Also, digressing a bit...I’ve heard that film adaptation plans for Good Omens years ago went awry because of budget problems. I don’t really expect it to do justice to the book...but the fact that JOHNNY DEPP has been listed to star as, I can’t help but to feel a little down. :( Truthfully I didn’t see a Johnny Depp in my mind while reading Crowley, but it’s worth a try. JD’s a versatile actor after all.

(art by Zelu)

Aziraphale is an angel (and part-time book-dealer) who guarded the Eastern Gate of Eden in the earliest days of Earth. While he’s not my favorite, he’s the one I can confidently say has the most similarities with me. The motherly possessiveness for books is one, I can totally relate with him! I find it amusing that his favorite book collection is composed of Bibles with error in typesetting (and OMG he had his copy of Nostradamus' book signed!!! He’s friends with the renowned prophet! Haha!). I’m also fussy, obsessing with the minutest detail of something, anything at all (I can’t control it though). And of course, the bit about sushi restaurants. I can imagine his horrified face when Crowley reminded him there’s no sushi resto’s in Heaven *smirks*. Oh, and don’t forget classical music—Tchaikovsky’s our cup of tea. :D
He’s a very funny character, I think, especially when he’s with Crowley. They’re the best frienemies ever, and the bromance atmosphere is so strong that the authors have to say angels are technically sexless unless they make an effort (oh LOL Gaiman and Pratchett!). Unlike Crowley, Aziraphale doesn’t question the workings of the universe so much, even if deep inside he wants to. I guessed one of the reasons why I liked Crowley is because of him. :D They’re the perfect foils for each other’s characters. Aziraphale often pisses Crowley off by saying he sees a spark of goodness in the demon. :D

(art by jdillion82)
War, my favorite Apocalyptic Horseman Horseperson Motorcyclist from the Gaiman-Prachett collaboration, Good Omens. Neil Gaiman’s definitely got a knack for creating wonderful anthropomorphic personifications of abstract concepts. Usually, War is considered a masculine concept, but Gaiman portrayed it as a red-haired woman who calls herself many names like Scarlett/Red/Carmine Zuigiber and ‘creates’ fighting wherever she goes. :) It’s like what he did with The Sandman’s Death.
Why do I like her? The same way I liked Dorothy Catalonia. :) Dunwannasayanythingaboutitnow. :P

(art by jdillion82)
Pollution has only been one of the Four Motorcyclists of the Apocalypse since 1936, when the invention of penicillin caused a frustrated Pestilence to retire. He’s been called Mr.White, Chalky, Blanc, Albus, Weiss, Snowy, and many other names relating to the color of cleanliness—which is the very opposite of the concept he portrays. Pollution is seen as a pale young boy clad in pale garments, once described as a “hippie”, and is often ignored by people. I don’t know why, but I like Pollution so much. He’s by no means likable mind you, but I think he’s super adorable (er, at least not in the art shown above? LOL).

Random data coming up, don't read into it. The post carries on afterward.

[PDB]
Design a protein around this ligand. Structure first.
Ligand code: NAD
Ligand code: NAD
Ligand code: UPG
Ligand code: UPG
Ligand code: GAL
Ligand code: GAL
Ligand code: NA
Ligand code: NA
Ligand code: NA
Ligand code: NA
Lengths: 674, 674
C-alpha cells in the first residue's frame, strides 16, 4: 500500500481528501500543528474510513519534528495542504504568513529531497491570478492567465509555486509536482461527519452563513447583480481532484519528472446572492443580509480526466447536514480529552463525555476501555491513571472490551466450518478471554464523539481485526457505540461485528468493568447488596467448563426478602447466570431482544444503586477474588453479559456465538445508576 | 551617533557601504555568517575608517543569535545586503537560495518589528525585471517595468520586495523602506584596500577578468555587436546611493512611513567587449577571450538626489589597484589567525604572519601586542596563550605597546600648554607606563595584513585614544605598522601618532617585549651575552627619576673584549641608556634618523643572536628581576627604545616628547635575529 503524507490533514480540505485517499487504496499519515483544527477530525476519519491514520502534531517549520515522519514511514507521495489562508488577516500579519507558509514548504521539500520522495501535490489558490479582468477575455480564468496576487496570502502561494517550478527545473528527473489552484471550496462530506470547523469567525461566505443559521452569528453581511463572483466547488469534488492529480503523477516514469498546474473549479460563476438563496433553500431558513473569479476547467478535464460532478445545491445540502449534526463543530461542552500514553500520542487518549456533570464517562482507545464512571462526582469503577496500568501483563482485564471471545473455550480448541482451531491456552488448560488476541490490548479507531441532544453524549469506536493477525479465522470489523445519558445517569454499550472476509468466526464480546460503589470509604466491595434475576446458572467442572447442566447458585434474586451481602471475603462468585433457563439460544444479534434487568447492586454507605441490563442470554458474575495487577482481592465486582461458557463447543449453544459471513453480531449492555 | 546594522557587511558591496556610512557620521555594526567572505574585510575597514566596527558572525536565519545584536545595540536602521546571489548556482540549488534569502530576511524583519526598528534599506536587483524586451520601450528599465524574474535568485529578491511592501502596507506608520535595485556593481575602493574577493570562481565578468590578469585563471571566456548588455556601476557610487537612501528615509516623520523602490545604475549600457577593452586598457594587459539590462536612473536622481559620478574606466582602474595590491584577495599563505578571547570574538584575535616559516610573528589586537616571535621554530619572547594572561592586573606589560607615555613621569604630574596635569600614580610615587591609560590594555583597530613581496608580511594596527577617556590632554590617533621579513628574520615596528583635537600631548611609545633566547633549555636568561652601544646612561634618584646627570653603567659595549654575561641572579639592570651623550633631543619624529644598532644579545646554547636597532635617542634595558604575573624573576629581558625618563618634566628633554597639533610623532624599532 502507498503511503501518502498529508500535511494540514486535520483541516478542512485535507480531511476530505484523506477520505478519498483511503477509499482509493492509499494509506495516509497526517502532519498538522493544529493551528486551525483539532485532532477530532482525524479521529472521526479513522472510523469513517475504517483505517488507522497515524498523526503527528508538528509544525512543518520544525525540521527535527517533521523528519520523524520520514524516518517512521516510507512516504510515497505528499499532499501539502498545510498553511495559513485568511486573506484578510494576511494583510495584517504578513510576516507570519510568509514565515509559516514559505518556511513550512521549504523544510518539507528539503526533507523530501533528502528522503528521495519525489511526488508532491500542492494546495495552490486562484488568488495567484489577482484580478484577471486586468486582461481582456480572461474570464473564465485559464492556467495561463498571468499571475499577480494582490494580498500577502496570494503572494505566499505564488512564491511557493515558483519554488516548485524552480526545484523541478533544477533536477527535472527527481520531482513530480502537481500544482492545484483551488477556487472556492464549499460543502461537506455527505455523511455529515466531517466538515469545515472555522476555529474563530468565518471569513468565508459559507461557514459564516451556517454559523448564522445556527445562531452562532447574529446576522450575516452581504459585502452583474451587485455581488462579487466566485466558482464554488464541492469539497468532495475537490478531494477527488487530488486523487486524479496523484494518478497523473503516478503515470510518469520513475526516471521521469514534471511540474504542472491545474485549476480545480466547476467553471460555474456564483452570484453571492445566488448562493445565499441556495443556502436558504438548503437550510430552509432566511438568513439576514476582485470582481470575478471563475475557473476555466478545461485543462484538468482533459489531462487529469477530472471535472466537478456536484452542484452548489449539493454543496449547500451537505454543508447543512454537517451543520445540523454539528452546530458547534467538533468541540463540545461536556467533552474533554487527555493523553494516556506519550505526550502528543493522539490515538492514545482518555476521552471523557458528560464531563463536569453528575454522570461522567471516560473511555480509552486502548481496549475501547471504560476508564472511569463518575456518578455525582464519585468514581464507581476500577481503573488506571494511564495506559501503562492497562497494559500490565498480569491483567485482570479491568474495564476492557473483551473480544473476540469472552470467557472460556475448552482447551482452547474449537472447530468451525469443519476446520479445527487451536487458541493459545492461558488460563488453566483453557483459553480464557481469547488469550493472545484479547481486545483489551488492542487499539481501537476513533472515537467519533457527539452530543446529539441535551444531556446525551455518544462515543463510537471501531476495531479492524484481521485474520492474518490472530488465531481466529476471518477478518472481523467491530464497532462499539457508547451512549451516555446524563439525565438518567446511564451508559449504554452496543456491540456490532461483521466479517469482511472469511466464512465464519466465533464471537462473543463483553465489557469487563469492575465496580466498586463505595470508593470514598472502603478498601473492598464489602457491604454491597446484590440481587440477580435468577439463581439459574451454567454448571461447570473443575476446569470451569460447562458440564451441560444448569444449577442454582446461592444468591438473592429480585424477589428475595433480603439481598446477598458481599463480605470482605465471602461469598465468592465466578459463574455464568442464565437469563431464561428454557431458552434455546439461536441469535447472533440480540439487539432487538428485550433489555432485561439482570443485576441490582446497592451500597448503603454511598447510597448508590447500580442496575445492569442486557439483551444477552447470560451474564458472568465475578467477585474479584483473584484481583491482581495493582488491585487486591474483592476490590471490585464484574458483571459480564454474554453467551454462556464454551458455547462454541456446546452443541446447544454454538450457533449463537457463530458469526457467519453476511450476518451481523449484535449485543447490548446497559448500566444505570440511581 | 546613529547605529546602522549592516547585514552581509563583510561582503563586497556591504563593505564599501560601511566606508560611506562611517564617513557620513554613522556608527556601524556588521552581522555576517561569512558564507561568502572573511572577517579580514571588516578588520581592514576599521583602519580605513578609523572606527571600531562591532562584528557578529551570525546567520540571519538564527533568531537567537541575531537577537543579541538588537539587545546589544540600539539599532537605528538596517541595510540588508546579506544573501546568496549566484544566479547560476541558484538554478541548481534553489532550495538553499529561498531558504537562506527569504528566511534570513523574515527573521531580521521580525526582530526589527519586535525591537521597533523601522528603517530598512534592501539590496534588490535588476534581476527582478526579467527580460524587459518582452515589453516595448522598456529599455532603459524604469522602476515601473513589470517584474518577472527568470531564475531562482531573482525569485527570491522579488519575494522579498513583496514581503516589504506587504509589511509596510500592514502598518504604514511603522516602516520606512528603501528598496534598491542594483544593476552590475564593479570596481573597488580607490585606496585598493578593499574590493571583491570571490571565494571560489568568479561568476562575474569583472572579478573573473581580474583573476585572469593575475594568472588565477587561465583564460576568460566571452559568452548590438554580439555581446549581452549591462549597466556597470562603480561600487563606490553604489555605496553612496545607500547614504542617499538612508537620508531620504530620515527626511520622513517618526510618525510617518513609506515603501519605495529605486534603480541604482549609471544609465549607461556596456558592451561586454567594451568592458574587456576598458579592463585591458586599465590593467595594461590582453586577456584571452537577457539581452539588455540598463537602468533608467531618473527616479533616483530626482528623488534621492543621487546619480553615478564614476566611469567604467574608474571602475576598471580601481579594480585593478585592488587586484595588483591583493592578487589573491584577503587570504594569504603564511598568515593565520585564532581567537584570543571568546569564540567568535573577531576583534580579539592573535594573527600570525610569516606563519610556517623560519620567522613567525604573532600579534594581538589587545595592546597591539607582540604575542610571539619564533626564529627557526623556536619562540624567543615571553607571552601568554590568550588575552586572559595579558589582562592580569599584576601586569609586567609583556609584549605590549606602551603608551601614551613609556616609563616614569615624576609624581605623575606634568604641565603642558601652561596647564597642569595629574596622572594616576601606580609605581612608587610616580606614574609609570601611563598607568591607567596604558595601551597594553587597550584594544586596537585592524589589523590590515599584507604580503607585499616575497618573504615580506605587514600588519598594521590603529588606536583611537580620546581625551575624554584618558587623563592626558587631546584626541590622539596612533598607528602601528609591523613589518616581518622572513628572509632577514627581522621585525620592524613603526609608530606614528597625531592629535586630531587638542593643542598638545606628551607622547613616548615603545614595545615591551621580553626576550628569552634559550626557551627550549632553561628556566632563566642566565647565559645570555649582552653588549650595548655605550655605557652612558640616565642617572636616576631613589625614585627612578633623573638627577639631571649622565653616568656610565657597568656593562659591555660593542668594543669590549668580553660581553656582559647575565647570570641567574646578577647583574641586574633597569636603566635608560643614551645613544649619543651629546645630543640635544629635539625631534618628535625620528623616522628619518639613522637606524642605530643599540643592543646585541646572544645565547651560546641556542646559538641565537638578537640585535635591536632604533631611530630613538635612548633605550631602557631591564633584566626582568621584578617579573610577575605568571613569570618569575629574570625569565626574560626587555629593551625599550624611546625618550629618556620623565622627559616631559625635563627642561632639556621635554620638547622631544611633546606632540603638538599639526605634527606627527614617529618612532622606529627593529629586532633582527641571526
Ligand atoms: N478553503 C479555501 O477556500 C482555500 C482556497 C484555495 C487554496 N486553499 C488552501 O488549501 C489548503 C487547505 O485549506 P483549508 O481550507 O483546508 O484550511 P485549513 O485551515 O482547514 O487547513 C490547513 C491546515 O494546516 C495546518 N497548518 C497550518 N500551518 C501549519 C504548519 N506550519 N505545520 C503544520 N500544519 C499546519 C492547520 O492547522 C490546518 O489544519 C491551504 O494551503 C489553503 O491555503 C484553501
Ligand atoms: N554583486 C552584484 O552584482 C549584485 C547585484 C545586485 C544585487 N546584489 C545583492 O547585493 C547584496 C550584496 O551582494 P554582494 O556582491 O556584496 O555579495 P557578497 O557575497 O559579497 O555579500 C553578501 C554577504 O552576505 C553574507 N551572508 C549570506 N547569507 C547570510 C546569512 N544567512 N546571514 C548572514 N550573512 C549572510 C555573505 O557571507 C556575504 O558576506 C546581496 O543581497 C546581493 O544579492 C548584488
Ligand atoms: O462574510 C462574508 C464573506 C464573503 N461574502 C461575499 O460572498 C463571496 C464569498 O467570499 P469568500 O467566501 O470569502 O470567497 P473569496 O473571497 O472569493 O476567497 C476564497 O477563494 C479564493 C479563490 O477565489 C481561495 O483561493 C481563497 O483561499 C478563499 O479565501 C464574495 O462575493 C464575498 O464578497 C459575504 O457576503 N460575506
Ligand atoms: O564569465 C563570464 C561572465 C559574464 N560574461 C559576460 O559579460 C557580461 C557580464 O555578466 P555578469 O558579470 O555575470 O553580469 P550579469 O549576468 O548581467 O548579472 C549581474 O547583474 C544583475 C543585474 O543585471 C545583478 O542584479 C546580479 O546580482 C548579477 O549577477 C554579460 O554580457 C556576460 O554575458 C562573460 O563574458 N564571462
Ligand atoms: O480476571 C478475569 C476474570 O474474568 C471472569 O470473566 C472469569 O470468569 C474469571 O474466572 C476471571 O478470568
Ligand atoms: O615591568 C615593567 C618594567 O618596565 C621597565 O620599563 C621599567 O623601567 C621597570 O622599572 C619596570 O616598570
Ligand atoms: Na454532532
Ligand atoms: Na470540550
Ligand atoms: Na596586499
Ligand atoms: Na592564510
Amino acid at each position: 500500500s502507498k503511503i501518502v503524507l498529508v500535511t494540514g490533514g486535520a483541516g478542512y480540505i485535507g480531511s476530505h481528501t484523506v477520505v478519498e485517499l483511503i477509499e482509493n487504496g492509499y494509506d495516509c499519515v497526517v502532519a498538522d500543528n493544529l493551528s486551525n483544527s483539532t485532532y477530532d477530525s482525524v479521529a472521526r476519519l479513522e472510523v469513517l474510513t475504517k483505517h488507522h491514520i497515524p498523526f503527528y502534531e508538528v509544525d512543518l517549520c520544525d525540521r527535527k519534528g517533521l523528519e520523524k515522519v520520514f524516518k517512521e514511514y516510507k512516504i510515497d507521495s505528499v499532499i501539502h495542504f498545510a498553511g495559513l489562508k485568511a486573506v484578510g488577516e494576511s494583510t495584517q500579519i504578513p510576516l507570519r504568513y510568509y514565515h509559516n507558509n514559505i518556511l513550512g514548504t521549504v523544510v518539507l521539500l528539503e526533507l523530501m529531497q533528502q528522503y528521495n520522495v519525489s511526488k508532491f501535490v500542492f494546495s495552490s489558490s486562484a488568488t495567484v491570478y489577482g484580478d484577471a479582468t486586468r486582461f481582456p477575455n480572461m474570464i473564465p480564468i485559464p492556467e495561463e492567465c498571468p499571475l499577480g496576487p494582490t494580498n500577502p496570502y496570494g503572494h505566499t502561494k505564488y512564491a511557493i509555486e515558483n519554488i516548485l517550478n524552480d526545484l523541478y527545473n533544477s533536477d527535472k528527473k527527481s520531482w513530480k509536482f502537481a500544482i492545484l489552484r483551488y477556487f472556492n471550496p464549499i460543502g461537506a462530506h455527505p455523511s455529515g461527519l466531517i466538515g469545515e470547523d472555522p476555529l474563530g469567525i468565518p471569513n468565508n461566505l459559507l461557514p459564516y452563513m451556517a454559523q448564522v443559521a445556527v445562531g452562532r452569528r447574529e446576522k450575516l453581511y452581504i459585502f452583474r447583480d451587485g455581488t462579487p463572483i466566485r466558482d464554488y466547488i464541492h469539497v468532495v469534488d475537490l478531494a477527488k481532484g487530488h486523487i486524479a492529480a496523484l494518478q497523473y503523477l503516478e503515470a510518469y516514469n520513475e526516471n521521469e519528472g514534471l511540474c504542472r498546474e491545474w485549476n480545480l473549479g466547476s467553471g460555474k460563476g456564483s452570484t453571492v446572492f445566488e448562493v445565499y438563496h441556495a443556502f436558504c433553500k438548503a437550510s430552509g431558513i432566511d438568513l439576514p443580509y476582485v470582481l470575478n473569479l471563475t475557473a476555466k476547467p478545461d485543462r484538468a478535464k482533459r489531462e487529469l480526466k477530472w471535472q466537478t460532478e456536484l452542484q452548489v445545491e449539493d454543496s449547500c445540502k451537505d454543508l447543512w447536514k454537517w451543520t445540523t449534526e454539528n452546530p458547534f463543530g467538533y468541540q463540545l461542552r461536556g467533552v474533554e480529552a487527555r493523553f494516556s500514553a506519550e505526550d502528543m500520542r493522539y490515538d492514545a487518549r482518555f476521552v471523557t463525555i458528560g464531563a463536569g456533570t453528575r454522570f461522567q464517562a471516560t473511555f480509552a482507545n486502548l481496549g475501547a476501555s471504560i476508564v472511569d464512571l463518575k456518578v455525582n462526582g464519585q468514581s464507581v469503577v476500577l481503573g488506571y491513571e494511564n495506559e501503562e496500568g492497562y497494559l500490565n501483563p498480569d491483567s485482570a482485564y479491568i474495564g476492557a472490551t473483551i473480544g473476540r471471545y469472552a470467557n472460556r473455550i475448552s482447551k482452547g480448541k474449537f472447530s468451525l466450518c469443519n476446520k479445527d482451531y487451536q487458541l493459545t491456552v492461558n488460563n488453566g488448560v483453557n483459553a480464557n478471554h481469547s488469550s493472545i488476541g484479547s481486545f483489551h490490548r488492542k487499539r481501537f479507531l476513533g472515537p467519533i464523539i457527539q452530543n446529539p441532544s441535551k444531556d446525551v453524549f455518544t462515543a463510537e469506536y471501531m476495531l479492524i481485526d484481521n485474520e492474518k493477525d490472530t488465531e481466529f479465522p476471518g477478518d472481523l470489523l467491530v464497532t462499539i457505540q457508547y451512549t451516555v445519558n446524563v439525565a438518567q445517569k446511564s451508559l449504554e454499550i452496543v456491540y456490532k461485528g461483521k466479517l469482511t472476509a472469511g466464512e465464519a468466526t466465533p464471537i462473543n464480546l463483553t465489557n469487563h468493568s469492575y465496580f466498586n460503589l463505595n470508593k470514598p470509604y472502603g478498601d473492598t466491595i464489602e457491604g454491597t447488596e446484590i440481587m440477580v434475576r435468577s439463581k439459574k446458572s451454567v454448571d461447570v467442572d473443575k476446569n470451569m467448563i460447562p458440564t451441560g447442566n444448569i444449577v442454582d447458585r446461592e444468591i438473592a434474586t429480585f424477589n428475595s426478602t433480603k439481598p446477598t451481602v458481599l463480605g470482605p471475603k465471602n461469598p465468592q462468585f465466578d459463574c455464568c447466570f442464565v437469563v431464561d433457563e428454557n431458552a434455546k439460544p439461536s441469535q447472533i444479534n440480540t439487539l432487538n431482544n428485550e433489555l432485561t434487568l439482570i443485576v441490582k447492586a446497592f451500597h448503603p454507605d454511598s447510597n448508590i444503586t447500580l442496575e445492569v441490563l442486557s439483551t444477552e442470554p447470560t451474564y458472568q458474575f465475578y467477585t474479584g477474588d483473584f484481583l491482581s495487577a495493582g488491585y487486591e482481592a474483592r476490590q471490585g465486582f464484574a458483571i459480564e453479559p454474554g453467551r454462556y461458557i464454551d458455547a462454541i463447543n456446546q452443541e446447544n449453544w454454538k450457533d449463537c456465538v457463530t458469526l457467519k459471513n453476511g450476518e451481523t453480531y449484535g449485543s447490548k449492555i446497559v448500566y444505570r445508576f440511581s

(art by jdillion82)
Famine is the rider of the Apocalypse who takes the form of a thin black-haired businessman and names himself Sable. He invents “foodstuff almost indistinguishable from any other except for two things. Firstly, the price, which was slightly higher, and secondly the nutritional content, which was roughly equivalent to that of a Sony Walkman.” He is pleased to see his regular customers, who are mostly wafer-thin professional anorexics who called themselves supermodels. He’s a very intriguing personification, imho, and a creative genius.

(art by jdillion82)
Death is the omnipresent and most powerful motorcyclist of the Apocalypse. He isn’t described in physical terms, aside from the little detail that he sprouts wings made of ”night” in the Almost-Armageddon scene. While the three other riders vanish and go “back to where they truly belong” (the human minds), he is still seen in the end of the book, lurking around. All I can say about Death’s character is that he’s not the cheeriest folk in the group, talks in capital letters (LOL), and is funny in a scary sort of way.
I still like The Sandman’s Death more though. :D

And that’s what I have to babble for tonight. :)